In our modern days, it has become increasingly common to replace wet ink signatures with electronic signatures. As such, it is important to understand the legal effects of electronic signatures, in what situations they are allowed and what are their requirements, particularly in the labour and employment context.

These are questions usually raised by our Clients.

Within the Portuguese legal framework, electronic signatures are governed by Decree-Law 12/2021 of 9 February, which ensures the implementation of Regulation (EU) 910/2014 into Portuguese law.

Regulation (EU) 910/2014 foresees that qualified electronic signatures have the equivalent legal effect of handwritten signatures and establishes the principle that an electronic signature should not be denied legal effect on the grounds that it is in an electronic form or that it does not meet the requirements of the qualified electronic signature.

(A) Types of electronic signatures and their probative force

The different types of electronic signatures, explained below, correspond to different levels of security and trustworthiness, which has an impact on the probative force of each type of e-signature, particularly important in legal disputes, as follows:

(1) Simple electronic signatures – e.g. handwritten scanned signatures or online drawn signatures with mouse or touchpad.

This type lacks cryptographic security measures, being the least secure form of e-signature.

These signatures have the probative force of a private document subject to the free discretion of the court.

(2) Advanced electronic signatures – e.g. DocuSign or AdobeSign signatures.

To be considered as advanced electronic signatures, they must be uniquely linked to the signatory and capable of identifying him/her. Additionally, these signatures must be created using electronic signature creation data and must be linked to the data signed therewith in such a way that any subsequent change in the data is detectable.

These signatures also have the probative force of a private document subject to the free discretion of the court.  

(3) Qualified electronic signatures – e.g. electronic signature with the Portuguese citizen card or the Digital Mobile Key provided by the Portuguese Government or by the trust service providers Multicert or DigitalSign certificates.

These signatures are created by a secure signature creation device and are based on a qualified certificate for electronic signatures.

Qualified certificates for electronic signatures are provided by qualified providers, whose status is granted by the competent national authority and made official in the "National Trusted List" of each EU member state. Therefore, in order for electronic signatures to be qualified, they must be issued by a qualified certification body.

A qualified electronic signature in an electronic document is legally equivalent to a handwritten signature, i.e., qualified electronic signatures have the probative force of a private document with recognized authorship.

(B) E-signatures in the employment context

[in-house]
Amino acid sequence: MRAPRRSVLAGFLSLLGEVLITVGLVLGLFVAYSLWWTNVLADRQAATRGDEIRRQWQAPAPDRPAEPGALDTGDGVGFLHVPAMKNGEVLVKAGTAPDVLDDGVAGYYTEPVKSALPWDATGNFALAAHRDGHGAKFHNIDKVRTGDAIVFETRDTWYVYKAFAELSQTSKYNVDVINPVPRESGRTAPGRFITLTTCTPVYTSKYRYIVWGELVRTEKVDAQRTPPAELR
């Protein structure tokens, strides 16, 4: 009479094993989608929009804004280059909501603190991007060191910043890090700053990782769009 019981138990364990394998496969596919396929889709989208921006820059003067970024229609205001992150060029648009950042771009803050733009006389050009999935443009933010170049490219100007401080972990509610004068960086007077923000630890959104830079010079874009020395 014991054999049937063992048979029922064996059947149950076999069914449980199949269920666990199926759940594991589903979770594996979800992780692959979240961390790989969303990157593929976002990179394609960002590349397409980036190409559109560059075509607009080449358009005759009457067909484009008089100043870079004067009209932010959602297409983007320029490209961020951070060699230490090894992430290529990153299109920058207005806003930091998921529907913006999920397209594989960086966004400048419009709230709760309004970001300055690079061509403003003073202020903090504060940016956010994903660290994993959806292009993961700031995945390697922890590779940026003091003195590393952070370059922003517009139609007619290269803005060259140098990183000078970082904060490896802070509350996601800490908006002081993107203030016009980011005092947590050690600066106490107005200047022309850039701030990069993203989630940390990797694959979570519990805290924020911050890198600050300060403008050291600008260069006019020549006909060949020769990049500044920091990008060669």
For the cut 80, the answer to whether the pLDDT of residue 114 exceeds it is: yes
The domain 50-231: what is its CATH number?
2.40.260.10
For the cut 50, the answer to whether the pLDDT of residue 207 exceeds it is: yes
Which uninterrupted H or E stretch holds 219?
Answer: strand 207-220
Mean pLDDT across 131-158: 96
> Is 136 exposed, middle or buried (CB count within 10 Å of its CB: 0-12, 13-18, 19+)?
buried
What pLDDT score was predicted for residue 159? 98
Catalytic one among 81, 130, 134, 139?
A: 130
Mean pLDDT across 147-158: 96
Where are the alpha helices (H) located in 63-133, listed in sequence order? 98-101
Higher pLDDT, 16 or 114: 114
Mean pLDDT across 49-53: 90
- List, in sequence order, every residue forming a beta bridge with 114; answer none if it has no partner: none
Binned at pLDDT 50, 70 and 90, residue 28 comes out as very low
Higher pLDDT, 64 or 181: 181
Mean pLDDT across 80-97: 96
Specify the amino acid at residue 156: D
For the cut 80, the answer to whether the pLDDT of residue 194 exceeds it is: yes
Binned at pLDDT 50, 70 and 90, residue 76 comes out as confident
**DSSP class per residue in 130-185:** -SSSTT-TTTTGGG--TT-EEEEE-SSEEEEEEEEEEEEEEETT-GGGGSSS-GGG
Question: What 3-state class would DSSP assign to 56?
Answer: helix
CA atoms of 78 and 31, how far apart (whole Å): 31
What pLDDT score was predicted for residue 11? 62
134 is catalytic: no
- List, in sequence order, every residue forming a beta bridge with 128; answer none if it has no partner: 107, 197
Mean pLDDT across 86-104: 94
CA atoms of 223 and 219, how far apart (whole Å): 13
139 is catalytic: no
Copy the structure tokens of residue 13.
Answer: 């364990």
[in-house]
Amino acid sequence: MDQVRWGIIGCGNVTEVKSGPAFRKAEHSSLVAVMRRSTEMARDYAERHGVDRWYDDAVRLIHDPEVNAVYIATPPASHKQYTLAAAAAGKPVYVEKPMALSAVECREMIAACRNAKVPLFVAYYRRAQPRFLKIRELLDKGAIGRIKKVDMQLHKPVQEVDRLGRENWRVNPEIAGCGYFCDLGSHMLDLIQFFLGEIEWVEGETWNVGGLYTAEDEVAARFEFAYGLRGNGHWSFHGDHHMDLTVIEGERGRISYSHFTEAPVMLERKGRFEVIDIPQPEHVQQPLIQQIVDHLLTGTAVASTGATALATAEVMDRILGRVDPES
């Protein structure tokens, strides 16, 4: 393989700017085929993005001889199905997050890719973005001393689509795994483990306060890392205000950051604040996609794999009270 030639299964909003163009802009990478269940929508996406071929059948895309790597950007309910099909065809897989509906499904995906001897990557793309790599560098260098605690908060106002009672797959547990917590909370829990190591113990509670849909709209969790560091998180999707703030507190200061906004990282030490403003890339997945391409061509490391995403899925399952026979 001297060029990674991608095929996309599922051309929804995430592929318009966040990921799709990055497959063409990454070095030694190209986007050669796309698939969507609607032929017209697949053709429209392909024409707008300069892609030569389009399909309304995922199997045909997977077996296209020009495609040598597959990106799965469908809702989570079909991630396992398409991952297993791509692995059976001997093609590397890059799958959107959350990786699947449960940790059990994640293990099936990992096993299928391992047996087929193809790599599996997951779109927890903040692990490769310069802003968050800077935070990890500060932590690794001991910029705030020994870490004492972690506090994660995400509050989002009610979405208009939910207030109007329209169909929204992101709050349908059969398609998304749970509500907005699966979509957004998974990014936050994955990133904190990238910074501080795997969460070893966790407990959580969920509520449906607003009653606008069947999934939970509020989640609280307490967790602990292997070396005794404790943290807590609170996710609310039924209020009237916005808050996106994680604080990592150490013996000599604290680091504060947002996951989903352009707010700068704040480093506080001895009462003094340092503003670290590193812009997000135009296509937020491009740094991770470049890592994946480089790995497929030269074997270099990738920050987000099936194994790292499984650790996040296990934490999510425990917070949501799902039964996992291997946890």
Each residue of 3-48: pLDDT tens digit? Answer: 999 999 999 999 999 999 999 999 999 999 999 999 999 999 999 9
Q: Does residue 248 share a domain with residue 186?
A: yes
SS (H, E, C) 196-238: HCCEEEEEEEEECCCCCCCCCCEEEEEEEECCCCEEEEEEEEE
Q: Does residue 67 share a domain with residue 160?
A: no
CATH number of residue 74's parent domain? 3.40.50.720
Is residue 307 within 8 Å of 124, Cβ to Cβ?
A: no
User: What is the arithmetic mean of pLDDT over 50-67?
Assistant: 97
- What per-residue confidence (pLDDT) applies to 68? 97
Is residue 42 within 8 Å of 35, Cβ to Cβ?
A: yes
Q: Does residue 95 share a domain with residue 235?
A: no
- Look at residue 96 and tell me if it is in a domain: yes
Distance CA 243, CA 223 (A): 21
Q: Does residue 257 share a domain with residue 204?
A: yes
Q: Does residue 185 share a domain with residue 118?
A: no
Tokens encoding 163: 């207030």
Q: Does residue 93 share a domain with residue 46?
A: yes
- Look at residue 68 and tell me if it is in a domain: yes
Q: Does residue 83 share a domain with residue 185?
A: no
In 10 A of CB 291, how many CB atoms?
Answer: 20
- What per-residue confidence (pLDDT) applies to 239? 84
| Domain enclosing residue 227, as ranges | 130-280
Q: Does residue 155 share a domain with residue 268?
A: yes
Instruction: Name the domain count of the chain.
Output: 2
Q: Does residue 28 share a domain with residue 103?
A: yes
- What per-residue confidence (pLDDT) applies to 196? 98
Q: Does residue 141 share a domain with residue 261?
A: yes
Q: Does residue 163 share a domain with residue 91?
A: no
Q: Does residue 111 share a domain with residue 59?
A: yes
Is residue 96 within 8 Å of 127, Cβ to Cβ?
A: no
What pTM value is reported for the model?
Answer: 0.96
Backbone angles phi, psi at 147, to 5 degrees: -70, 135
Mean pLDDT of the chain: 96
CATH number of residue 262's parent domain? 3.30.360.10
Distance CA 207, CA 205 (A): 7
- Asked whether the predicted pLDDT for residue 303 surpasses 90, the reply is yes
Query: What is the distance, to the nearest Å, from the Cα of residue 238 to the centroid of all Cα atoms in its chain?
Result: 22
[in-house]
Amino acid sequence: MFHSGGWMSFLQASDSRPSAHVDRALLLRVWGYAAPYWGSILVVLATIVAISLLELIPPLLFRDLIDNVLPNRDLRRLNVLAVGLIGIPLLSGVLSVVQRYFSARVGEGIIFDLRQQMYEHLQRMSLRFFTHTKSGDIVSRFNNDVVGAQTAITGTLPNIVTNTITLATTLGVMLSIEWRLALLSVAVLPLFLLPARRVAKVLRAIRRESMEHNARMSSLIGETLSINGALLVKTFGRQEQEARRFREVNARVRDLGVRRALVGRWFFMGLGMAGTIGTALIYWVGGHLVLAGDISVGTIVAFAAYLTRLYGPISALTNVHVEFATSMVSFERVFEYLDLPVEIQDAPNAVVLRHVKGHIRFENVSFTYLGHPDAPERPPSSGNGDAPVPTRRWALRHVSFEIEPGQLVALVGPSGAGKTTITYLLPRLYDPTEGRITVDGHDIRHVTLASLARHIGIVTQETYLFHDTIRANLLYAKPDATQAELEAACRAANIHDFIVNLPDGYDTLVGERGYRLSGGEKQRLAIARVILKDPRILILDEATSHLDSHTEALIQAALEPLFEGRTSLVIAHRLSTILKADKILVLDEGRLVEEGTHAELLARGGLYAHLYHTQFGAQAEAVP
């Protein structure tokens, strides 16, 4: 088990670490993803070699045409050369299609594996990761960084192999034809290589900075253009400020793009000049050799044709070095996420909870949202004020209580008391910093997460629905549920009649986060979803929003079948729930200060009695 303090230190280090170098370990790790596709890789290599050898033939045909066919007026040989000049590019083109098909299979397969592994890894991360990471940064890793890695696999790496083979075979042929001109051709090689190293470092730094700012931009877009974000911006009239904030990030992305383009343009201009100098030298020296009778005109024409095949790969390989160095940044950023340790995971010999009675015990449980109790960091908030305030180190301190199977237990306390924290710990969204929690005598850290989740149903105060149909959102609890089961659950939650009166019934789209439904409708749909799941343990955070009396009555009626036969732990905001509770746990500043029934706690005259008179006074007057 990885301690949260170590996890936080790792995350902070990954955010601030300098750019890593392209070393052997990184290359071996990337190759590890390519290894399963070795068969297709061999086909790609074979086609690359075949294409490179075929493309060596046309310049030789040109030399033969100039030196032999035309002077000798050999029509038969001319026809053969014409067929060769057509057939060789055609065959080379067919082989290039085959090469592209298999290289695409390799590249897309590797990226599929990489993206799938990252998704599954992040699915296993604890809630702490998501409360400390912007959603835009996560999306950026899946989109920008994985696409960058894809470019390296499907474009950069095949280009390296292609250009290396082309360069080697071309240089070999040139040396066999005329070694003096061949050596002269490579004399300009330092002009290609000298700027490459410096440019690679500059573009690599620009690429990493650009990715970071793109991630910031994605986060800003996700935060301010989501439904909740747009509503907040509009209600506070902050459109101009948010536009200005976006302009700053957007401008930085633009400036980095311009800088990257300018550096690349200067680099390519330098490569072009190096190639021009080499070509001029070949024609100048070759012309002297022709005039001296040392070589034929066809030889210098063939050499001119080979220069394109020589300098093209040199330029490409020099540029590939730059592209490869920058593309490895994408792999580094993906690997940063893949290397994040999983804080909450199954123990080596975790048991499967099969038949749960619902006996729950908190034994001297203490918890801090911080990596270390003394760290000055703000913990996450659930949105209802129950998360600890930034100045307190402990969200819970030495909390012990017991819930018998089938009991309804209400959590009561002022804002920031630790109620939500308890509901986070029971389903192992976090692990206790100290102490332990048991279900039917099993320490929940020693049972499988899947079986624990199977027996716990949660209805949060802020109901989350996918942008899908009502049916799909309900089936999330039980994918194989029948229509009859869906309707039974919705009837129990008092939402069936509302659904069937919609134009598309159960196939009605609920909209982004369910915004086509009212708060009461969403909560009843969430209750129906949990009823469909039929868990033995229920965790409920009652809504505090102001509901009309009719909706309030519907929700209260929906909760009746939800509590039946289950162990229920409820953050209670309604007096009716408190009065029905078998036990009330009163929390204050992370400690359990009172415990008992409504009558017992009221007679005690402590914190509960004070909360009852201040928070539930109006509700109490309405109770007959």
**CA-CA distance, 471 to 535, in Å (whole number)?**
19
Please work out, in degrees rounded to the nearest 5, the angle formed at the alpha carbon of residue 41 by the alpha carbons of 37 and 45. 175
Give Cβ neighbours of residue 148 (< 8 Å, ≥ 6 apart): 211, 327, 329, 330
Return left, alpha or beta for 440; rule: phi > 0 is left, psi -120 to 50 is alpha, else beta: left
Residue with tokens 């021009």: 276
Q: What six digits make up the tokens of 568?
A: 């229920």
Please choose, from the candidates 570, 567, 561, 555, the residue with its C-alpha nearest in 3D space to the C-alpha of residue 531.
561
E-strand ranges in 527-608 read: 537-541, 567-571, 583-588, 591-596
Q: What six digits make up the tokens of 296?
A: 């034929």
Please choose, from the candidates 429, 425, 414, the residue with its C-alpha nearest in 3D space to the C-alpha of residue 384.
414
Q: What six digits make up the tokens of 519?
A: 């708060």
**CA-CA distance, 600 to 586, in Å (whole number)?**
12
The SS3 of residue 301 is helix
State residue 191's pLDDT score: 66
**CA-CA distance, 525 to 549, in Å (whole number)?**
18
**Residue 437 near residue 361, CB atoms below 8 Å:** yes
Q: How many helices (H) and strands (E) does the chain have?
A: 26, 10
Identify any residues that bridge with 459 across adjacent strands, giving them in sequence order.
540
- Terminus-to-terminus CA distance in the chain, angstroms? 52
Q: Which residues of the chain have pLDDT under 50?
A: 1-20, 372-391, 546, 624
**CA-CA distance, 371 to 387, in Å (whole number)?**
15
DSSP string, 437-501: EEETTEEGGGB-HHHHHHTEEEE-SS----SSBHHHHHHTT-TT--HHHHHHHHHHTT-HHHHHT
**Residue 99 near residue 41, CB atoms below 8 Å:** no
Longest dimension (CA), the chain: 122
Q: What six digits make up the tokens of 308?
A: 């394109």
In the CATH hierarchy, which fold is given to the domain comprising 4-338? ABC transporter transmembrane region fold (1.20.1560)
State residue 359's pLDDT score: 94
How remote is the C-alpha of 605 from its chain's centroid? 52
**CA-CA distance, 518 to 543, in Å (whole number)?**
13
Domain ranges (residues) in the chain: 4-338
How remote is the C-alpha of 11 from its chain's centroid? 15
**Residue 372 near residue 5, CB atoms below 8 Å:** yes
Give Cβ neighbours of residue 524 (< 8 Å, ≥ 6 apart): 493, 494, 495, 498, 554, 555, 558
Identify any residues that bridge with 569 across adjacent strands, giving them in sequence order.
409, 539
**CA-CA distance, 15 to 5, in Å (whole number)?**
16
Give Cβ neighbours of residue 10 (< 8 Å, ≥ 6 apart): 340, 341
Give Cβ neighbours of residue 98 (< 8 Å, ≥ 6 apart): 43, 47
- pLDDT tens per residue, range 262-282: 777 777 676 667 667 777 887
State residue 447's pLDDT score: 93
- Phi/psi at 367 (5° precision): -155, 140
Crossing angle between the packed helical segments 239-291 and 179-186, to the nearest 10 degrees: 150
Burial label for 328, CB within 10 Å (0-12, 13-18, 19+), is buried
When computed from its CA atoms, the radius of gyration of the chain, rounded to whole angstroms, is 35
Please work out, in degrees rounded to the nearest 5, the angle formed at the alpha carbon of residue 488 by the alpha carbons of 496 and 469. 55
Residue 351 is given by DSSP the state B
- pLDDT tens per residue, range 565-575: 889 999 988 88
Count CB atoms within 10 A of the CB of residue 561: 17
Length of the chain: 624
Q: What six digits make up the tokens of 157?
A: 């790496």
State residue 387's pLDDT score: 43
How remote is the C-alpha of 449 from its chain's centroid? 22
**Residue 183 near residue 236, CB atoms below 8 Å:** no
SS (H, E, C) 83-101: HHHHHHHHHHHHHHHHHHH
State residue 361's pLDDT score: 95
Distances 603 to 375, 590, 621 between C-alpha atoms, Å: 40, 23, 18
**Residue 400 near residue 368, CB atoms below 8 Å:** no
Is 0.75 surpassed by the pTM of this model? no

In light of the above, it is important to ascertain what types of electronic signatures are valid in the employment context and under what circumstances they can be used.

(1) When should qualified electronic signatures be used?

According to the Portuguese Labour Code, open-ended employment agreements, as a rule, do not require a written form, allowing for their signature with simple, advanced, or qualified e-signatures.

However, several provisions under the Portuguese Labour Code require a written form, such as:

a) Term employment agreements;

b) Employment agreements with foreign employees;

c) Multiple employer agreements;

d) Temporary employment agreements;

e) Part-time work arrangements;

f) Teleworking agreements;

g) Agreements to provide work with exemption from working hours;

h) Disciplinary procedures;

i) Termination of employment by mutual agreement; and

j) Non-competition agreements and permanence agreements.

For these agreements and arrangements, wet ink signatures from both the employer and the employee are required. Therefore, when electronically signed, it is advisable to use a qualified digital signature to confer equivalent legal effects as wet ink signatures.

(2) When should simple or advanced electronic signatures be used?

Simple and advanced electronic signatures are suitable for situations where the law does not mandate a written form, for instance:

a) Communications to employees;

b) Human resources policies;

c) Employee handbooks;

d) Performance evaluations;

e) Promotion letters;

f) Recommendation letters;

(3) In what situations e-signatures cannot be used?

Electronic signatures - even if qualified - cannot be used in legal transactions or documents requiring notarized documentation or notarization of signatures.

Also, if the documents need to be personally delivered to an authority (e.g., documents to be delivered by employees to Social Security to obtain unemployment benefits), only wet signature is allowed.

Overall, electronic signatures serve as a legally valid and efficient method for daily operations, especially for employer companies, emphasizing the importance of understanding their types and legal ramifications.